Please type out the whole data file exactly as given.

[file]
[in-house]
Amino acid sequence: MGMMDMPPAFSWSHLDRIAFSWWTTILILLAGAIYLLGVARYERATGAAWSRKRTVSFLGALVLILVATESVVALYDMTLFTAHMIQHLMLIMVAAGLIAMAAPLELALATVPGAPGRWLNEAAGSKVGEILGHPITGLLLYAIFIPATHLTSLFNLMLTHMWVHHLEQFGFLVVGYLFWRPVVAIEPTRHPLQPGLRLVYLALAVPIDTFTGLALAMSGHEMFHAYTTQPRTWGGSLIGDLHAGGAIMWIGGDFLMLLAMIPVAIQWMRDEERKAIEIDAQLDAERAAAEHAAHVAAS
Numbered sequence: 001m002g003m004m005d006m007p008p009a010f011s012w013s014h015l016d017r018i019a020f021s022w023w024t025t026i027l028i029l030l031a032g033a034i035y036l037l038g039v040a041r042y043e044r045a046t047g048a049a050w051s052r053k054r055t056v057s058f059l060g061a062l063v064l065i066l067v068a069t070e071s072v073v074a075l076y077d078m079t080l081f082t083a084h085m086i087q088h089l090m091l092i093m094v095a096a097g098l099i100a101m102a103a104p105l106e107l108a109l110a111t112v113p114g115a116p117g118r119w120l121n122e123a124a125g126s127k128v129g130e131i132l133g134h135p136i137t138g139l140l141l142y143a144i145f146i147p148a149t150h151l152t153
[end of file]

[in-house]
Amino acid sequence: MGMMDMPPAFSWSHLDRIAFSWWTTILILLAGAIYLLGVARYERATGAAWSRKRTVSFLGALVLILVATESVVALYDMTLFTAHMIQHLMLIMVAAGLIAMAAPLELALATVPGAPGRWLNEAAGSKVGEILGHPITGLLLYAIFIPATHLTSLFNLMLTHMWVHHLEQFGFLVVGYLFWRPVVAIEPTRHPLQPGLRLVYLALAVPIDTFTGLALAMSGHEMFHAYTTQPRTWGGSLIGDLHAGGAIMWIGGDFLMLLAMIPVAIQWMRDEERKAIEIDAQLDAERAAAEHAAHVAAS
Numbered sequence: 001m002g003m004m005d006m007p008p009a010f011s012w013s014h015l016d017r018i019a020f021s022w023w024t025t026i027l028i029l030l031a032g033a034i035y036l037l038g039v040a041r042y043e044r045a046t047g048a049a050w051s052r053k054r055t056v057s058f059l060g061a062l063v064l065i066l067v068a069t070e071s072v073v074a075l076y077d078m079t080l081f082t083a084h085m086i087q088h089l090m091l092i093m094v095a096a097g098l099i100a101m102a103a104p105l106e107l108a109l110a111t112v113p114g115a116p117g118r119w120l121n122e123a124a125g126s127k128v129g130e131i132l133g134h135p136i137t138g139l140l141l142y143a144i145f146i147p148a149t150h151l152t153